Only two weeks ago it came out that CalPERS was paying second wages to managers who did extra work in certain areas. Now it emerges that numerous state departments allow hundreds of employees to hold more than one job.
This newly exposed practice does not appear terribly unethical. But it’s unsemly. During a recession in which many people desperately want jobs, public employees have two.
Such comfy arrangements stem from public employees’ culture of self-enrichment. To certain public employees, looking for ways to pocket more tax dollars is their primary occupation. The actual work required by the job is just the price of admission to a system their union can milk for ever greater wages and benefits.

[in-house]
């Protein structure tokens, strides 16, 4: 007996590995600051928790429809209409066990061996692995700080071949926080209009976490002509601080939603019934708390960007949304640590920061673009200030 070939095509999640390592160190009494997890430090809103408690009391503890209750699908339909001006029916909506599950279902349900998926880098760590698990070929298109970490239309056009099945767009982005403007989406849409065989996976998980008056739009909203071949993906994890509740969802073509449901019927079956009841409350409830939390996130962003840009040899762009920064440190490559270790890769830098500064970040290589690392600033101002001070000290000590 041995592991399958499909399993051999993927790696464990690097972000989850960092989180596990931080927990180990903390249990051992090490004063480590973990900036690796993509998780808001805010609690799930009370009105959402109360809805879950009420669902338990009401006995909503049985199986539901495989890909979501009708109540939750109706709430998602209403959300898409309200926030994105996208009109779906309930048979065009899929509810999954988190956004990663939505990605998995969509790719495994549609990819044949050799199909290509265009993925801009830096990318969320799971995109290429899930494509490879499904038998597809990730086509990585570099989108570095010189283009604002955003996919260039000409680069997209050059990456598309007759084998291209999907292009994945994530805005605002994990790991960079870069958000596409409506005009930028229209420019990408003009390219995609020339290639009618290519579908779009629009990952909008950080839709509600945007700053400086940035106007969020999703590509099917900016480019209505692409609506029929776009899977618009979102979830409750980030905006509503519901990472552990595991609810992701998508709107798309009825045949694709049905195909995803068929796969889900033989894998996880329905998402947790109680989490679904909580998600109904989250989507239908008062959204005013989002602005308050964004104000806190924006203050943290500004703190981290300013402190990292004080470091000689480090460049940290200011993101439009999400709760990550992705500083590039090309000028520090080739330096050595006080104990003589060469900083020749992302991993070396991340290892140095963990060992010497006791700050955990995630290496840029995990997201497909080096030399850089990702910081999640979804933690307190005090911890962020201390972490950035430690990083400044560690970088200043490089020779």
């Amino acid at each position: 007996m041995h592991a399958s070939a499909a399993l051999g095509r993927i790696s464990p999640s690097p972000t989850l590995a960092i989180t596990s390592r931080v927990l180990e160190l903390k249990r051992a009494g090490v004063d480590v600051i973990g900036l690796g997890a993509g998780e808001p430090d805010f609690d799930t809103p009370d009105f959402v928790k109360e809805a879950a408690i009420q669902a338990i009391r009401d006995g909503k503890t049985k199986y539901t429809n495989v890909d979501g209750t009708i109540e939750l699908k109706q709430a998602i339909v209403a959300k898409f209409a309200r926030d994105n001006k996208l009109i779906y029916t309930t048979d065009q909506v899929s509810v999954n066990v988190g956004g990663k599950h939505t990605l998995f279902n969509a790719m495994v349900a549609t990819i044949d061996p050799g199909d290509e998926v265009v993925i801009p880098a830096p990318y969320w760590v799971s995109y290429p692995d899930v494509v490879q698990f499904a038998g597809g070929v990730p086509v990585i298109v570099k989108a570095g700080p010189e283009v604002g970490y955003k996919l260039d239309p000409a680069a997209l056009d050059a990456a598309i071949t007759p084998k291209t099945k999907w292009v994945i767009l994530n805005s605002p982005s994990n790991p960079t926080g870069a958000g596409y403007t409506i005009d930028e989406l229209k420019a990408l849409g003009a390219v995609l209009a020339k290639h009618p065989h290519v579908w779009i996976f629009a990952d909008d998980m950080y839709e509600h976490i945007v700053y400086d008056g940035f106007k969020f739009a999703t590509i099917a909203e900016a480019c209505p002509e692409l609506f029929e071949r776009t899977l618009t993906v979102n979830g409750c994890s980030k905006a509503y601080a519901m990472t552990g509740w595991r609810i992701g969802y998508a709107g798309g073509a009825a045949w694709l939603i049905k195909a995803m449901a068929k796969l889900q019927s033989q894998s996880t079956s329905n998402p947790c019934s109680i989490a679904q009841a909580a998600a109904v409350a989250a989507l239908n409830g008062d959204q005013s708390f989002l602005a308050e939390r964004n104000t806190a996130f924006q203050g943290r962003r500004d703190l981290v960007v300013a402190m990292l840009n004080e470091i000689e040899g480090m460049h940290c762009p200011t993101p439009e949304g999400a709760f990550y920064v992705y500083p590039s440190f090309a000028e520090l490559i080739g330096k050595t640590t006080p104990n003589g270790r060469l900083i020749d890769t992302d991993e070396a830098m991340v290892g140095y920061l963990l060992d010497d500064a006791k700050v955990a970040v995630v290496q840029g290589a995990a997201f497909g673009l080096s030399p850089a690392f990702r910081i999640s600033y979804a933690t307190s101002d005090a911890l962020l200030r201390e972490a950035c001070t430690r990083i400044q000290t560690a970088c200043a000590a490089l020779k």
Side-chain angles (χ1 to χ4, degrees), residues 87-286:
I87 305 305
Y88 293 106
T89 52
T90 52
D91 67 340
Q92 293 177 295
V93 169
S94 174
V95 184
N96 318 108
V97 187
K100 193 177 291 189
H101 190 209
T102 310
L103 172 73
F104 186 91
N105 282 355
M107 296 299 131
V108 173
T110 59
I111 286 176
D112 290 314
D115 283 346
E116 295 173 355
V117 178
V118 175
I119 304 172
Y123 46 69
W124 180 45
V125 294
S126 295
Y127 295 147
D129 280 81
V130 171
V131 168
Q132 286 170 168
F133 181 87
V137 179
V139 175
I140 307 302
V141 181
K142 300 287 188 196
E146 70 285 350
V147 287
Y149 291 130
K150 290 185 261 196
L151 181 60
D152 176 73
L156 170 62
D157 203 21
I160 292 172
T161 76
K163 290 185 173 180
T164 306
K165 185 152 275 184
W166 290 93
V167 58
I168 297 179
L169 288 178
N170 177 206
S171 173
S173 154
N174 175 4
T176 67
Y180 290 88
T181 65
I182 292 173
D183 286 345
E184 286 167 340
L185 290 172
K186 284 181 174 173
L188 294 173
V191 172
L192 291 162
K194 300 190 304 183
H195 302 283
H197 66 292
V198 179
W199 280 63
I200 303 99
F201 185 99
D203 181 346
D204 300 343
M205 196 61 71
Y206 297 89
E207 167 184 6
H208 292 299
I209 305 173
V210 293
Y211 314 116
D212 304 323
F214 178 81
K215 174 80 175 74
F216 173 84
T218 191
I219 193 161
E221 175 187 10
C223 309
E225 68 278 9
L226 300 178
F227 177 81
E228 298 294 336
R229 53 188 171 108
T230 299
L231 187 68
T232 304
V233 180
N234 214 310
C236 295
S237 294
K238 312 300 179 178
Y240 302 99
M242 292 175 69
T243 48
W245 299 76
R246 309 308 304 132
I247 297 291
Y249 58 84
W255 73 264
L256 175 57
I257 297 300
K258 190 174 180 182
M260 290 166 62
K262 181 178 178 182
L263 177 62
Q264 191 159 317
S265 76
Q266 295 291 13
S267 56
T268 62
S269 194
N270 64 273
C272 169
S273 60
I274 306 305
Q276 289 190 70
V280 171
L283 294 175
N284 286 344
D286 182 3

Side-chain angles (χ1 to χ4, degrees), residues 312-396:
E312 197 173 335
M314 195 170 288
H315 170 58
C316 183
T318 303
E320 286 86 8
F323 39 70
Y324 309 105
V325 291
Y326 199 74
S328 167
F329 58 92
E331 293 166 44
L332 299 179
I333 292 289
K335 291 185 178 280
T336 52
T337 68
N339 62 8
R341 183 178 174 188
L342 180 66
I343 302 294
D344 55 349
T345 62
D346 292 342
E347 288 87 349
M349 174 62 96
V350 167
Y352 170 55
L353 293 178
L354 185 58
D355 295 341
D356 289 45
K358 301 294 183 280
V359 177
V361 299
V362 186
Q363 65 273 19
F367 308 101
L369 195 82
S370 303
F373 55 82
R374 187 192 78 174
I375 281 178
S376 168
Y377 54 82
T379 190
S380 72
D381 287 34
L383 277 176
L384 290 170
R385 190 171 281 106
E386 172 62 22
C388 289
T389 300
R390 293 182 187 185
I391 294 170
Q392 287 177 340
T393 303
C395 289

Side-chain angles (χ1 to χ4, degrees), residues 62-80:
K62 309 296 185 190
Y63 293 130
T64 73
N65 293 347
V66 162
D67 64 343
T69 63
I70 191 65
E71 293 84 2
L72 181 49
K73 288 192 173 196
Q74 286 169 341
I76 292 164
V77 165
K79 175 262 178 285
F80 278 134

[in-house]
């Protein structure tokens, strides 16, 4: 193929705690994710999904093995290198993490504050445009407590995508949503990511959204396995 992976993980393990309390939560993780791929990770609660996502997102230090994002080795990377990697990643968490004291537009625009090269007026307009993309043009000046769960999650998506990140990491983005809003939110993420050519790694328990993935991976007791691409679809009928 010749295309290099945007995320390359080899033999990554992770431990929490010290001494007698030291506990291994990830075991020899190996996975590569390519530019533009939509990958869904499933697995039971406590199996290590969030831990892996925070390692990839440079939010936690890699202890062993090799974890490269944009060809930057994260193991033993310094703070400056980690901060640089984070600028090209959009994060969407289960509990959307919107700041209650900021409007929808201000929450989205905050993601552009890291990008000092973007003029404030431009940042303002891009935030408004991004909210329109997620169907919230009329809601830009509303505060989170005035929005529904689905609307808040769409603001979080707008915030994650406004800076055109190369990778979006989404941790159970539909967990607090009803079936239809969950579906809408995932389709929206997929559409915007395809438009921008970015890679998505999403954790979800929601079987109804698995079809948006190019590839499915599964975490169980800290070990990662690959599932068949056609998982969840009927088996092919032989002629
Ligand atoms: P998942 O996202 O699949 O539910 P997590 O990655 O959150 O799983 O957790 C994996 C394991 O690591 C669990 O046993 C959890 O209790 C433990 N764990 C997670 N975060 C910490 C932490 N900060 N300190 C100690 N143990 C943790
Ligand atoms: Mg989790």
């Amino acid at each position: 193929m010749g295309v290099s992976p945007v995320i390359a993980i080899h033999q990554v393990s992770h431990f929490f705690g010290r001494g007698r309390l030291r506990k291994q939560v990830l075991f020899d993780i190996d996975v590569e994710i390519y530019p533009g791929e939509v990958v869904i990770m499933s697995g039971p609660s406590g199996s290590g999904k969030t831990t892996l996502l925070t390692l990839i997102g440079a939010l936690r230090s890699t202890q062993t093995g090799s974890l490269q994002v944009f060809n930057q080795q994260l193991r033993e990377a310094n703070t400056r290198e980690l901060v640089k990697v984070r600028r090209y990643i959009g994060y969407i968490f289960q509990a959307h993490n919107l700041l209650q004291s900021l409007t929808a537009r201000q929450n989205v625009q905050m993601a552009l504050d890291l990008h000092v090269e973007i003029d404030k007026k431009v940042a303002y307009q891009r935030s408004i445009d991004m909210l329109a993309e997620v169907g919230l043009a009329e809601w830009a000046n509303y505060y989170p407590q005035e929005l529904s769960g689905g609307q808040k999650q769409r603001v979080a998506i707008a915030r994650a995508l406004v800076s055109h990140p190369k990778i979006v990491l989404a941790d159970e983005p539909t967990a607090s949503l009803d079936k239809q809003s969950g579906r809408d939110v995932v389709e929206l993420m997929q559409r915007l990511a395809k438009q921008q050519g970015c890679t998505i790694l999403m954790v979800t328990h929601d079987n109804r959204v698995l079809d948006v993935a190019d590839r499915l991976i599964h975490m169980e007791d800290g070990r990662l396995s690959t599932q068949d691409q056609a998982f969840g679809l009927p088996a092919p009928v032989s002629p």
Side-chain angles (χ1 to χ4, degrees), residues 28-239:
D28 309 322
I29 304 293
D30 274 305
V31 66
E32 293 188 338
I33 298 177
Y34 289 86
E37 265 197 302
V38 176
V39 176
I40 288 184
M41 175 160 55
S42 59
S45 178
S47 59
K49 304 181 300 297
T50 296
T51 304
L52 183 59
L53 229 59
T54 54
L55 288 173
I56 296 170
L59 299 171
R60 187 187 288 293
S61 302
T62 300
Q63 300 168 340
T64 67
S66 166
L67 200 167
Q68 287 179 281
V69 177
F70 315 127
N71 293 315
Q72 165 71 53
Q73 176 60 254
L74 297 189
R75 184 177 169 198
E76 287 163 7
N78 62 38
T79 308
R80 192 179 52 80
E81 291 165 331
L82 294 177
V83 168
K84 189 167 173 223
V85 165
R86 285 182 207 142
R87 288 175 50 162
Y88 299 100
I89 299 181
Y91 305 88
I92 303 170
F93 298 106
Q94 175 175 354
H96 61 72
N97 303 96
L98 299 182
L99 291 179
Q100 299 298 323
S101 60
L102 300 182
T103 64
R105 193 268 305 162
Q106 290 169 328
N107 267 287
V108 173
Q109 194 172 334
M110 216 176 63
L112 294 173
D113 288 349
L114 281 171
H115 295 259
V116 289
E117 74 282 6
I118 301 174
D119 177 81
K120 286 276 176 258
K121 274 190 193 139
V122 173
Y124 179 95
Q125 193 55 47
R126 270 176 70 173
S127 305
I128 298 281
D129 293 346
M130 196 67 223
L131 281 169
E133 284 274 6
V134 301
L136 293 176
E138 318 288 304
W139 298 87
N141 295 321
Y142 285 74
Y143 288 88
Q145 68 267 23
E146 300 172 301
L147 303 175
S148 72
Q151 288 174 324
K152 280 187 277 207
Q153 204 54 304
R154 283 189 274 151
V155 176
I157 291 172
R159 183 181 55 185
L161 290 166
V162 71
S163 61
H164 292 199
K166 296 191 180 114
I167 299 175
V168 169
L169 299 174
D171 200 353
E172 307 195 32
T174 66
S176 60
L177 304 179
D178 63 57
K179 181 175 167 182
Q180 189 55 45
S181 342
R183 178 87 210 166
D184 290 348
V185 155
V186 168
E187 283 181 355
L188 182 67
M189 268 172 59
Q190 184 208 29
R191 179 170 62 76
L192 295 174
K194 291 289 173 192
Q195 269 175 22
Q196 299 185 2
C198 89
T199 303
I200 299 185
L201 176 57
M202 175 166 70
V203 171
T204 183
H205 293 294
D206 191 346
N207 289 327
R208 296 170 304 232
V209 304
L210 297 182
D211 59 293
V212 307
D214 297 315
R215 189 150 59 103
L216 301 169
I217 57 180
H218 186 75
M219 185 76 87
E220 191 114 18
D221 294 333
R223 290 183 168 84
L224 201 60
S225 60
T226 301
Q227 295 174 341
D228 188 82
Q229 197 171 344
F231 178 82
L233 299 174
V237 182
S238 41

There are and have always been admirable public employees in Stockton and elsewhere. I write about them, too. But the nonstop hail of revelations of glaring over-compensation and recalcitrant public employees ensures fiscal reformers’ continued attention. And bad ink for unreconstructed, me-first public servants.